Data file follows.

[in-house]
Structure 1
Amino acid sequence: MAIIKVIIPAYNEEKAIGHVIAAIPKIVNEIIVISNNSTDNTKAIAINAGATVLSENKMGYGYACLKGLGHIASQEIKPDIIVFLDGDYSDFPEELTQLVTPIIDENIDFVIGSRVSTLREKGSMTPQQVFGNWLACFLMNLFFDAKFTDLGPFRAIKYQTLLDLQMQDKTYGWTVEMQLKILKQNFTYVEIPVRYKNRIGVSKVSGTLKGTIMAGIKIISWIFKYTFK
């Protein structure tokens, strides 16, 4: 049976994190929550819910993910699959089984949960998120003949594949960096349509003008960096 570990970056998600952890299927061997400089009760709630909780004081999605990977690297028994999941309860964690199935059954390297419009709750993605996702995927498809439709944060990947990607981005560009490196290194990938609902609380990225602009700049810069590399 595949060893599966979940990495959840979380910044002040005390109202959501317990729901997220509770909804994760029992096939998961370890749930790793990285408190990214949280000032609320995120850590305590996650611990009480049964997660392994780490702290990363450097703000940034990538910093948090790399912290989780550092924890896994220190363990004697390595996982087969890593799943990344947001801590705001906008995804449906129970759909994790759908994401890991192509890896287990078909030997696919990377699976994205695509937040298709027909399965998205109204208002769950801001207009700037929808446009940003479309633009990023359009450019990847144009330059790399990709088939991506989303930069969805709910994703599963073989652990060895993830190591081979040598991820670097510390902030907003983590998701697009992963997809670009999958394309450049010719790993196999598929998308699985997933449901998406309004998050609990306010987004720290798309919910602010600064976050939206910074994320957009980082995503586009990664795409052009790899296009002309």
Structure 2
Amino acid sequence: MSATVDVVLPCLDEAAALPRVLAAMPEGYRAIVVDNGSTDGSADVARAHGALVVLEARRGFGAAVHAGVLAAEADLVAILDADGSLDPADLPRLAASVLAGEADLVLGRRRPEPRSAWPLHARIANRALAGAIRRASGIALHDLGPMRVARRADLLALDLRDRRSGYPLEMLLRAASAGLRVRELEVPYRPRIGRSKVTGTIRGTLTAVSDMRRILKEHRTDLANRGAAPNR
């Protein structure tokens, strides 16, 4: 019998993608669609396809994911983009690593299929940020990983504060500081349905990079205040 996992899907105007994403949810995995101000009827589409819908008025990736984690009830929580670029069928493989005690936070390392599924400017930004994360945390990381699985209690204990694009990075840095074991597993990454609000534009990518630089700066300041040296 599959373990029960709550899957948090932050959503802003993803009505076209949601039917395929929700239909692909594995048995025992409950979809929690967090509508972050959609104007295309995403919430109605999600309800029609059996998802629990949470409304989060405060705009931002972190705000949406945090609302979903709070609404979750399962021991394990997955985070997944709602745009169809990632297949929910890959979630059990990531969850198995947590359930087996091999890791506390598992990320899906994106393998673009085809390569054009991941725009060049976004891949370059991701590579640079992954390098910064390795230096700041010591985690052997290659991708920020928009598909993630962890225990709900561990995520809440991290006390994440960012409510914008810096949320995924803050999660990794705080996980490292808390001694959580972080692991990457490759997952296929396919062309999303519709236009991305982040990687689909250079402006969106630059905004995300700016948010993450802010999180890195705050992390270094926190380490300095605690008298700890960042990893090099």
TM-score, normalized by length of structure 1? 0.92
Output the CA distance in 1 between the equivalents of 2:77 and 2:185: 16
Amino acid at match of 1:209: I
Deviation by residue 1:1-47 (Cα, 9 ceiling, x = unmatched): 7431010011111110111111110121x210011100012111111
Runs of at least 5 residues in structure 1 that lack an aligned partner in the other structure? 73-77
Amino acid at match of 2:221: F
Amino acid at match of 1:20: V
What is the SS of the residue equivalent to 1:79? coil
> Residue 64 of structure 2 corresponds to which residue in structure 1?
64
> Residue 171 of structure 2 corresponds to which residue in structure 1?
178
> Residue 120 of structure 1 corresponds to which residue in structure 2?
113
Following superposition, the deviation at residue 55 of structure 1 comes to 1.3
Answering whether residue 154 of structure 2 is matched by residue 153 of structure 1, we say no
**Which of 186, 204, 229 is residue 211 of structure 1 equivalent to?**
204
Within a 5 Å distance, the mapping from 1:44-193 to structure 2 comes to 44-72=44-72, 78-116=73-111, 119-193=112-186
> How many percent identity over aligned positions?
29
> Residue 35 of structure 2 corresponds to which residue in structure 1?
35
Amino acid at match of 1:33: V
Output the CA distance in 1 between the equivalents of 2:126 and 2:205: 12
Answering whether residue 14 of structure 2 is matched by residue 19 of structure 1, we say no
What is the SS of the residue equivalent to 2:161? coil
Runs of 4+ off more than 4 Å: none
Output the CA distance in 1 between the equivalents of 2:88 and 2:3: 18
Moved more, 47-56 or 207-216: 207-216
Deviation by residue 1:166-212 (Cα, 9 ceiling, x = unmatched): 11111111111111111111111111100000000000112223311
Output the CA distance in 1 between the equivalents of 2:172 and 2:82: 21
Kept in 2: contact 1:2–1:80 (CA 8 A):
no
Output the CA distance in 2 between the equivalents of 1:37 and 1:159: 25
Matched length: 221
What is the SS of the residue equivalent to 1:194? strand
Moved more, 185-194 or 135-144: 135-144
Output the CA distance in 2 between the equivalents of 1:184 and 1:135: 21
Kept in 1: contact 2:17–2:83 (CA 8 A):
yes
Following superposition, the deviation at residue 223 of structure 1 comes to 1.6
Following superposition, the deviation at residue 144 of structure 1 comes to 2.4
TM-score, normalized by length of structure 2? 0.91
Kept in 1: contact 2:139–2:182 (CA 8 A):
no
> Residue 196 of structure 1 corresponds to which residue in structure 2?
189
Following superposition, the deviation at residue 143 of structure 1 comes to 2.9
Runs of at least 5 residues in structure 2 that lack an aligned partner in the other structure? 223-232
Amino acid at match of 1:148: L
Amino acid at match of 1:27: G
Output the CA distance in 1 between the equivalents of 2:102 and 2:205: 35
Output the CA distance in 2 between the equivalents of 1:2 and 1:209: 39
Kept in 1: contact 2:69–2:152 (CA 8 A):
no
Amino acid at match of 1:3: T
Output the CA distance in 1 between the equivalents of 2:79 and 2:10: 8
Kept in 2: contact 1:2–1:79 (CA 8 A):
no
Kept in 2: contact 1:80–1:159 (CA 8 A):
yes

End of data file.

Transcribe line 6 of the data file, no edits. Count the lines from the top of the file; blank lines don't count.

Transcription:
Amino acid sequence: MSATVDVVLPCLDEAAALPRVLAAMPEGYRAIVVDNGSTDGSADVARAHGALVVLEARRGFGAAVHAGVLAAEADLVAILDADGSLDPADLPRLAASVLAGEADLVLGRRRPEPRSAWPLHARIANRALAGAIRRASGIALHDLGPMRVARRADLLALDLRDRRSGYPLEMLLRAASAGLRVRELEVPYRPRIGRSKVTGTIRGTLTAVSDMRRILKEHRTDLANRGAAPNR